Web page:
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from "Work the Range 2: Creative Constraints vs. Open-ended Art Making" in Section 2

...excerpt from “The Art of the Prompt”

As important as specificity is to a good prompt it is also essential to make sure that prompts are not too determined or didactic.  The point of a prompt is not to suggest to a student-artist what their work should look like, sound like, or mean.  Rather it is to open up possibilities for the student to determine the work.

The table below compares prompts that we feel are more generative and lead to better student work with some that are less inventive or effective.  Clearly one difference is that the more generative prompts are more specific and therefore lead students to think in more particular ways thereby developing an original vision or aesthetic.  But you may see other differences that distinguish the two types of prompts.  We’d be very interested to hear what these are. 

Good Prompt vs. Weak Prompt

 

Good Prompts (more specific)

    Weak Prompts (less specific)

 


Generate a list of weather terms, the more specific the better. As in, “F-5 tornado” or “low-pressure system” or “gale force winds” or “sun shower” or “aurora borealis.”

 

 

Equate yourself or someone you know to one of these terms. Make a metaphor, not a simile. Write this, paint this, sculpt it, act it, dance it, whatever.

 

Poetry examples:

My mother is an F-5 tornado that we knew was coming but couldn’t escape…

 

My little brother has become a low-pressure system. He moves throughout the house, high winds shaking the windows loose, all his Legos swept into miniature cyclones that circle his ankles…

 

 

 


Describe the weather on your favorite day. What do you see, hear, smell, taste?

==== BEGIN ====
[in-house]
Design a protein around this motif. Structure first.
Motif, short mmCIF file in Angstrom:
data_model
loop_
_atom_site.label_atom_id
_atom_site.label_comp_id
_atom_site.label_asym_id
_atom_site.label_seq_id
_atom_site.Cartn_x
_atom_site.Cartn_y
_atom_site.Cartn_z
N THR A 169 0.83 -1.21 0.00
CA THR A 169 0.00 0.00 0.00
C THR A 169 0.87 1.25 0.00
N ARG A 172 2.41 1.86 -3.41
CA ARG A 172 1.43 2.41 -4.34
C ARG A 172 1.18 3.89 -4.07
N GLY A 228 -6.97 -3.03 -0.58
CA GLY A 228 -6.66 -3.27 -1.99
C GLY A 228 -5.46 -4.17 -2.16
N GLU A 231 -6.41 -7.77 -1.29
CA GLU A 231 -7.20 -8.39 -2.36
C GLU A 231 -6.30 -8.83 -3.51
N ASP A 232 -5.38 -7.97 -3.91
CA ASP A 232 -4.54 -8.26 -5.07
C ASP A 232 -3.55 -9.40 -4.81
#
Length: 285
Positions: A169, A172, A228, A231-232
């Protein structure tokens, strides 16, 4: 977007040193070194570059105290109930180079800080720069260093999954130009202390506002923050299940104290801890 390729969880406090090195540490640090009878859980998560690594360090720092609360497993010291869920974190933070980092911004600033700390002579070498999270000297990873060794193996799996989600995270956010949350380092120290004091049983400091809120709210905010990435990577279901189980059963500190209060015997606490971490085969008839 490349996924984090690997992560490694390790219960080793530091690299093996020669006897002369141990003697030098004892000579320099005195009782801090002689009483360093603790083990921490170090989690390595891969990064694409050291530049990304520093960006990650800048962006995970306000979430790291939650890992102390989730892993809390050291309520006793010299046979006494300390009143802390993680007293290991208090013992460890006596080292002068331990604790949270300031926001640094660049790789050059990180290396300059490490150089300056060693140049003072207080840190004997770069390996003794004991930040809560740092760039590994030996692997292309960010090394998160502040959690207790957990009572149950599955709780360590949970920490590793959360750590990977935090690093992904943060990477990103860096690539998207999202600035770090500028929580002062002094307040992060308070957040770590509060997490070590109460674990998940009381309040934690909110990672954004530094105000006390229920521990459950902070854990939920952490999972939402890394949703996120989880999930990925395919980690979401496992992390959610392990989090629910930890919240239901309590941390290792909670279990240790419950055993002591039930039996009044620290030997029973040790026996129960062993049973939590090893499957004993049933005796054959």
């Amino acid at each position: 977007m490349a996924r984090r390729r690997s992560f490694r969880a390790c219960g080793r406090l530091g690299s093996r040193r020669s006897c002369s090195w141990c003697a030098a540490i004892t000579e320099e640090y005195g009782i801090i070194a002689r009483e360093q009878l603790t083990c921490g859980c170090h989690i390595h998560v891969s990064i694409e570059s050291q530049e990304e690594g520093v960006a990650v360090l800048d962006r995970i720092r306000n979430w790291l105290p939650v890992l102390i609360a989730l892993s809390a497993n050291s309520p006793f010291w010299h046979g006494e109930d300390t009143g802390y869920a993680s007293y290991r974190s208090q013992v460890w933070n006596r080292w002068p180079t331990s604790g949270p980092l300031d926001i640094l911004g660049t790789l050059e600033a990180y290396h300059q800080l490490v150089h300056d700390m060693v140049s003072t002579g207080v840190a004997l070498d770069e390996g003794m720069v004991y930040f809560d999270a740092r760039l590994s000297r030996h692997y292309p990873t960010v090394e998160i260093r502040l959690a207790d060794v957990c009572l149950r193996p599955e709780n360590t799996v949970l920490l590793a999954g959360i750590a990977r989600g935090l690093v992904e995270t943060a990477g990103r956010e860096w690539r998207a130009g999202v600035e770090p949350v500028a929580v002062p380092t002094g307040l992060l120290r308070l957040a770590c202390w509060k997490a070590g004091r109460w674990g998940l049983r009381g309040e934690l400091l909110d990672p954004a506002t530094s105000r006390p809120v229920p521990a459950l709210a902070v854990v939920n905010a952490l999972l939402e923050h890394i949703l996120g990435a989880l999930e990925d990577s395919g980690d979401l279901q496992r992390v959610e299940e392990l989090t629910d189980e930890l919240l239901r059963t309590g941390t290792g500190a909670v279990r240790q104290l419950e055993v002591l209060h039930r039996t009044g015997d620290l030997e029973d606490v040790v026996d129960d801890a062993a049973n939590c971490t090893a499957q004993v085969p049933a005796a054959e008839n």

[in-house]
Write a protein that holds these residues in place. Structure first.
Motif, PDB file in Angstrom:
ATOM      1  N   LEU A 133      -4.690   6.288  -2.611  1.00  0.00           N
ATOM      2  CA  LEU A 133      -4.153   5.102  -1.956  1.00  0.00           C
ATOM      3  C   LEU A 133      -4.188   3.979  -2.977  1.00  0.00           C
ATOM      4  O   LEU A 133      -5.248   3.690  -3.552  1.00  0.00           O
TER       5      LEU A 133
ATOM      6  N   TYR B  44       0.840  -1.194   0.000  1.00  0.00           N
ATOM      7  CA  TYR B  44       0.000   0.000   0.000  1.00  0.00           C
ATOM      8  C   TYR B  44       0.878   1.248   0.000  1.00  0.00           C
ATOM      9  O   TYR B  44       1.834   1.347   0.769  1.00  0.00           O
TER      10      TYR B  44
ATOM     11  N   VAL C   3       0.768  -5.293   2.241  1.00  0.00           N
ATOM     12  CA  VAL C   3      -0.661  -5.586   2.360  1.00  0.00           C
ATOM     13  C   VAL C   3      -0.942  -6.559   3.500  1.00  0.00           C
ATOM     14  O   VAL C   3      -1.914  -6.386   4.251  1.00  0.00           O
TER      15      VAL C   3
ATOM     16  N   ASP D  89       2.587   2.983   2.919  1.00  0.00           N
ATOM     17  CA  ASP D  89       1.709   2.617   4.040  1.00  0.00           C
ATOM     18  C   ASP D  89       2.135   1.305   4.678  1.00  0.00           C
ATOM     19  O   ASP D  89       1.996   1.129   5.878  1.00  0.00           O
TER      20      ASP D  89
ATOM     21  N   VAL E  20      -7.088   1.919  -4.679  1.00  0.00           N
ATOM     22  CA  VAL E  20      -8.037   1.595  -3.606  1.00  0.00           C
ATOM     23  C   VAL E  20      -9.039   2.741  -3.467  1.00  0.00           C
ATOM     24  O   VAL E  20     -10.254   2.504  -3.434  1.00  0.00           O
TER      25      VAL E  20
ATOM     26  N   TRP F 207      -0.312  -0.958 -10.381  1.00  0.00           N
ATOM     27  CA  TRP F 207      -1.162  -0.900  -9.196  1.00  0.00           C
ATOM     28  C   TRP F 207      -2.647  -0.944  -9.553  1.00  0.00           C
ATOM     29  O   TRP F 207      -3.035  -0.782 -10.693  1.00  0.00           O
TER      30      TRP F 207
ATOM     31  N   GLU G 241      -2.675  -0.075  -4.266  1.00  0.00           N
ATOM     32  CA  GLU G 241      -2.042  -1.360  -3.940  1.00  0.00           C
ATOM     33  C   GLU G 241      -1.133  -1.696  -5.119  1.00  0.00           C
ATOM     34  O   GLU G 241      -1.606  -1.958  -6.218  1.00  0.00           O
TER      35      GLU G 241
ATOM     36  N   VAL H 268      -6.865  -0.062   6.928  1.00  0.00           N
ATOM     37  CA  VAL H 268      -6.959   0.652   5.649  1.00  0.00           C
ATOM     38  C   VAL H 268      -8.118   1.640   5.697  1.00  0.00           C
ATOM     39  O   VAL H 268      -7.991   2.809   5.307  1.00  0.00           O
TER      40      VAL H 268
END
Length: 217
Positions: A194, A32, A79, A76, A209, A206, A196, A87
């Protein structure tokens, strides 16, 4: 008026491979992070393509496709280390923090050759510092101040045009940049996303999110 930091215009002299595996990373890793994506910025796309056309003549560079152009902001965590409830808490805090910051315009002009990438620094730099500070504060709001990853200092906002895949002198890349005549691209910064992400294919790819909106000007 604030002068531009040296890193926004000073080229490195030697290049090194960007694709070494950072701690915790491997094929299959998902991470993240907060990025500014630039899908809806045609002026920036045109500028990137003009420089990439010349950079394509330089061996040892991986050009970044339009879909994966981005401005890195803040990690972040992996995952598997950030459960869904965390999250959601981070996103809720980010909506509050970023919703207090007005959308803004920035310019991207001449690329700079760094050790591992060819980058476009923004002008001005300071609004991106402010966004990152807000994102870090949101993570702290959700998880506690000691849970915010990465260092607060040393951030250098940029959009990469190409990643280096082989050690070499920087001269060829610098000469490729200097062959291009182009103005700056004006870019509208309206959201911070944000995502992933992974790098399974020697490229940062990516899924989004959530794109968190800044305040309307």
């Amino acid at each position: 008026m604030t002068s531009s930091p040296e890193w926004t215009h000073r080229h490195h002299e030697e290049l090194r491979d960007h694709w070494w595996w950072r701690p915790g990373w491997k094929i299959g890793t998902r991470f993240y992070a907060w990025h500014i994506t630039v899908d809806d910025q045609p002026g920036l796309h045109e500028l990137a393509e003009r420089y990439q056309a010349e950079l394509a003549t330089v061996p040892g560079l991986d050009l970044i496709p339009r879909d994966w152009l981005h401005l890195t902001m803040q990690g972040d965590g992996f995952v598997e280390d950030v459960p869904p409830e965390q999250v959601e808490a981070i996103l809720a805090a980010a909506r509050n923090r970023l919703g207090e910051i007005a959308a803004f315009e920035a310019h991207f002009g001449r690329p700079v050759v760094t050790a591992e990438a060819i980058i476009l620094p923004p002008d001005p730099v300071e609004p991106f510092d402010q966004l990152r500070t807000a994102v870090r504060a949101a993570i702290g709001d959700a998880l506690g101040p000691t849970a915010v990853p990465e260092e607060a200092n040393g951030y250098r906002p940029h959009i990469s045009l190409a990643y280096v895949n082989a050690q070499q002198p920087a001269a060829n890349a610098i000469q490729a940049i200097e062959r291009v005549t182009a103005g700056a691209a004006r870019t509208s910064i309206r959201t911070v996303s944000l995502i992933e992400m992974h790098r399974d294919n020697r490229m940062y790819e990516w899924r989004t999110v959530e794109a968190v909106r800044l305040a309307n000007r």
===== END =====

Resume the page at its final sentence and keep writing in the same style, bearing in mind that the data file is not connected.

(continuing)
Describe someone who reminds you of your favorite kind of day. What does he or she look like, sound like, etc.?  Write this, paint this, sculpt it, act it, dance it, whatever.

 


Look around your classroom and find one potentially dangerous object. Make it come alive by describing what it does when it gets disturbed, angry, jealous, a headache, or gets its way.

 


Look around your classroom and find an object that stands out to you. Make it come alive by giving it a voice or human actions and emotions.

 

 


Find a piece of art that you really like (a song, a painting, a poem, a dance, a monologue, a photograph, etc.).  You can choose something outside of the medium in which you are currently working.

 

 

Describe its qualities in specific terms.

Describe what it reminds you of.

Describe the emotions you feel when considering it or that you feel live inside it.

Ask it one question that you know it would never deign to answer.

Give it a new title based on your above responses.

 

  • Look at your responses and create something that works in the opposite direction to things that you just named. If it is a song in 4/4 time then create one in 7/4 time. If it reminds you of your first kiss then what you create could remind you of your first break up. 
  • Make your piece answer the question.

 


Find a piece of art that you really like (a song, a painting, a poem, a dance, a monologue, a photograph, etc.).  You can choose something outside of the medium in which you are currently working.

 

 

Describe its qualities in specific terms.

Describe what it reminds you of.

Describe the emotions you feel when considering it or that you feel live inside it.

Write down questions that it raises.

Speculate what you think the artist intended by this piece or what meaning that you think it conveys.

 

Look at your responses and find a line or sentence or idea that interests you and pursue it further—developing a new piece in your medium that follows that thread.

 


Isolate three movements from a phrase in a dance with which you are familiar. Use them however you like (but include all three) to create a 12 beat phrase that conveys a specific emotion. Vary their speed, energy, and the space in which you move in order to create that meaning.

 

 


Come up with three separate movements and use them in a 12 beat phrase. Vary their speed, energy, and the space in which you move.